Due to concerns over the potential adverse effects on human health, the selection of di (2-ethylhexyl) phthalate (DEHP) as a plasticizer in flexible PVC has been a hotly debated issue for the last decade in the disposable medical device market. REACH legislation in the European Union (EU) has placed the phthalate DEHP on a list of Substances of Very High Concern (SVHC) for several years. Since February this year, DEHP can only be used for authorized applications; but essentially, DEHP use in the majority of industries within the EU has ceased. DEHP’s use within the medical industry is outside of the scope of the REACH legislation and is governed by the Medical Device Directive (MDD), so DEHP can continue to be used for medical applications.
Despite this exemption, due to the health concerns over DEHP, the medical device industry in the EU is gradually moving away from the use of DEHP. To address these concerns, Ridgefield, N.J.-based Colorite (a Tekni-Plex Inc. company), which manufactures in Europe, China and the United States, has adapted to these regulations by advancing their range of non-phthalate product platforms providing continuity in the global supply chains for U.S. medical device companies.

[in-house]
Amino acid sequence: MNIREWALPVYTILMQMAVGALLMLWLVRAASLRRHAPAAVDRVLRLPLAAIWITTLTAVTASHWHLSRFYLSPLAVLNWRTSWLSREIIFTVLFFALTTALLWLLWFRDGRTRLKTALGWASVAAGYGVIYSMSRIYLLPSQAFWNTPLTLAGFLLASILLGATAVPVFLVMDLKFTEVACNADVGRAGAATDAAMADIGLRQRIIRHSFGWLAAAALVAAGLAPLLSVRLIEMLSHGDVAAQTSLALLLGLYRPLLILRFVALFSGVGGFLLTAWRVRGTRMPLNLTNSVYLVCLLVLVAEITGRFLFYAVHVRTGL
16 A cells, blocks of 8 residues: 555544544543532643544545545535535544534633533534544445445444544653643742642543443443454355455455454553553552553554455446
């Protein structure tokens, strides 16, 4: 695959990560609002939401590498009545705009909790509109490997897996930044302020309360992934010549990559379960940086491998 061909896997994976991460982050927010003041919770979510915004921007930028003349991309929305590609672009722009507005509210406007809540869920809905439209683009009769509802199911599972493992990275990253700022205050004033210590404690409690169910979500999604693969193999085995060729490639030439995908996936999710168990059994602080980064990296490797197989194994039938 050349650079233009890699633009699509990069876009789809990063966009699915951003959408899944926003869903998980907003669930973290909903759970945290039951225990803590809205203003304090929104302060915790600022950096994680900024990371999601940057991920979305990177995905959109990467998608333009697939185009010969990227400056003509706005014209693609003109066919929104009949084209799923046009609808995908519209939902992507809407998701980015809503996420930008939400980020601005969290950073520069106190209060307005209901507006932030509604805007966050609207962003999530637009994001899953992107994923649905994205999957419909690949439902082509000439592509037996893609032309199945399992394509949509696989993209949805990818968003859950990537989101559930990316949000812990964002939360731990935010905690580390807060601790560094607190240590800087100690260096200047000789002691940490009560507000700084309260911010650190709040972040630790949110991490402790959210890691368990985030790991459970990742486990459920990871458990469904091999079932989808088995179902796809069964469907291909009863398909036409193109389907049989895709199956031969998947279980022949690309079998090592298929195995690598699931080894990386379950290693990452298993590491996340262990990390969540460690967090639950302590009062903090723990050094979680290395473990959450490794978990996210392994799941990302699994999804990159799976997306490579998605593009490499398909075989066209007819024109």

“As the Medical device industry transitions to non-phthalate plasticized PVC compounds, the first priority is to ensure that flexible PVC remains the material of choice for single use medical device applications,” Paul McShane, Ph.D., global technology director for Colorite, noted to Medical Product Outsourcing.